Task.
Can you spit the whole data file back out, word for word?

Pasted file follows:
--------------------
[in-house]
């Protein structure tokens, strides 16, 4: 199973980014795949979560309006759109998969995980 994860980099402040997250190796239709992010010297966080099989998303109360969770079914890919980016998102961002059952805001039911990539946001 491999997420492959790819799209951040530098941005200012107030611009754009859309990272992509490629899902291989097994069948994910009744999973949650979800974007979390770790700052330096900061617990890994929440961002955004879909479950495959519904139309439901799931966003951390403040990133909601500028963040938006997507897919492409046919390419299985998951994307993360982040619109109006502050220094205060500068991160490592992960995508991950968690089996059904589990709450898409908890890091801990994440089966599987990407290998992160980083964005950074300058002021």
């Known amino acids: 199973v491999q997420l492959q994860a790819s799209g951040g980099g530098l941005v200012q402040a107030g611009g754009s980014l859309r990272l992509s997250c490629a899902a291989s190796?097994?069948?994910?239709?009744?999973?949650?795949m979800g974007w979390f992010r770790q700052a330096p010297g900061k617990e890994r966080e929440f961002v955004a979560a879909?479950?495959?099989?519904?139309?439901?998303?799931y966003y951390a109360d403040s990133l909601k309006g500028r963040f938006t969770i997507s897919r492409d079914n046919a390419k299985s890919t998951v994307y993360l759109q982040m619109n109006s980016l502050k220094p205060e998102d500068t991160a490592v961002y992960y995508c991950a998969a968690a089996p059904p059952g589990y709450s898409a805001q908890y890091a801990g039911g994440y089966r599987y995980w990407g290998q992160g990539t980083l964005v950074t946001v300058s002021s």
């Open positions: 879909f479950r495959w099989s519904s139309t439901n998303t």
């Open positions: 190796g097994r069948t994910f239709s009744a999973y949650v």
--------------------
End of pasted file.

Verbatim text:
[in-house]
């Protein structure tokens, strides 16, 4: 199973980014795949979560309006759109998969995980 994860980099402040997250190796239709992010010297966080099989998303109360969770079914890919980016998102961002059952805001039911990539946001 491999997420492959790819799209951040530098941005200012107030611009754009859309990272992509490629899902291989097994069948994910009744999973949650979800974007979390770790700052330096900061617990890994929440961002955004879909479950495959519904139309439901799931966003951390403040990133909601500028963040938006997507897919492409046919390419299985998951994307993360982040619109109006502050220094205060500068991160490592992960995508991950968690089996059904589990709450898409908890890091801990994440089966599987990407290998992160980083964005950074300058002021």
């Known amino acids: 199973v491999q997420l492959q994860a790819s799209g951040g980099g530098l941005v200012q402040a107030g611009g754009s980014l859309r990272l992509s997250c490629a899902a291989s190796?097994?069948?994910?239709?009744?999973?949650?795949m979800g974007w979390f992010r770790q700052a330096p010297g900061k617990e890994r966080e929440f961002v955004a979560a879909?479950?495959?099989?519904?139309?439901?998303?799931y966003y951390a109360d403040s990133l909601k309006g500028r963040f938006t969770i997507s897919r492409d079914n046919a390419k299985s890919t998951v994307y993360l759109q982040m619109n109006s980016l502050k220094p205060e998102d500068t991160a490592v961002y992960y995508c991950a998969a968690a089996p059904p059952g589990y709450s898409a805001q908890y890091a801990g039911g994440y089966r599987y995980w990407g290998q992160g990539t980083l964005v950074t946001v300058s002021s």
């Open positions: 879909f479950r495959w099989s519904s139309t439901n998303t």
């Open positions: 190796g097994r069948t994910f239709s009744a999973y949650v």